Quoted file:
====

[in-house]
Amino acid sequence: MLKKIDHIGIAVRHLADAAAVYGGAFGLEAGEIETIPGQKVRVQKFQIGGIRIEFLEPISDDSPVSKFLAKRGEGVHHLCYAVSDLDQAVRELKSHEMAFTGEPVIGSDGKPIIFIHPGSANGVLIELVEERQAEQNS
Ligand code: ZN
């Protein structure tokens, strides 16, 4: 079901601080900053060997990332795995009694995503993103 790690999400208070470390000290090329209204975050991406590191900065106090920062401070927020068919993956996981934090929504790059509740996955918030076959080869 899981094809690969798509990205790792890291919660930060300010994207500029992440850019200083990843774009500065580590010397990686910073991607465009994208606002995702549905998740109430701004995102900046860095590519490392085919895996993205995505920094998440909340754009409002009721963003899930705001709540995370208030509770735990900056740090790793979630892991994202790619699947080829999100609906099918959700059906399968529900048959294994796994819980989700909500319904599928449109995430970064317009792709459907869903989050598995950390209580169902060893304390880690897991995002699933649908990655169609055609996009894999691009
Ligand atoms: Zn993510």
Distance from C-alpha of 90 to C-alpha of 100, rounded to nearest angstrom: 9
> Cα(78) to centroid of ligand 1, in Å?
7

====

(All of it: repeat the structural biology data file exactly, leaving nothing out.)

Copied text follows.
[in-house]
Amino acid sequence: MLKKIDHIGIAVRHLADAAAVYGGAFGLEAGEIETIPGQKVRVQKFQIGGIRIEFLEPISDDSPVSKFLAKRGEGVHHLCYAVSDLDQAVRELKSHEMAFTGEPVIGSDGKPIIFIHPGSANGVLIELVEERQAEQNS
Ligand code: ZN
């Protein structure tokens, strides 16, 4: 079901601080900053060997990332795995009694995503993103 790690999400208070470390000290090329209204975050991406590191900065106090920062401070927020068919993956996981934090929504790059509740996955918030076959080869 899981094809690969798509990205790792890291919660930060300010994207500029992440850019200083990843774009500065580590010397990686910073991607465009994208606002995702549905998740109430701004995102900046860095590519490392085919895996993205995505920094998440909340754009409002009721963003899930705001709540995370208030509770735990900056740090790793979630892991994202790619699947080829999100609906099918959700059906399968529900048959294994796994819980989700909500319904599928449109995430970064317009792709459907869903989050598995950390209580169902060893304390880690897991995002699933649908990655169609055609996009894999691009
Ligand atoms: Zn993510």
Distance from C-alpha of 90 to C-alpha of 100, rounded to nearest angstrom: 9
> Cα(78) to centroid of ligand 1, in Å?
7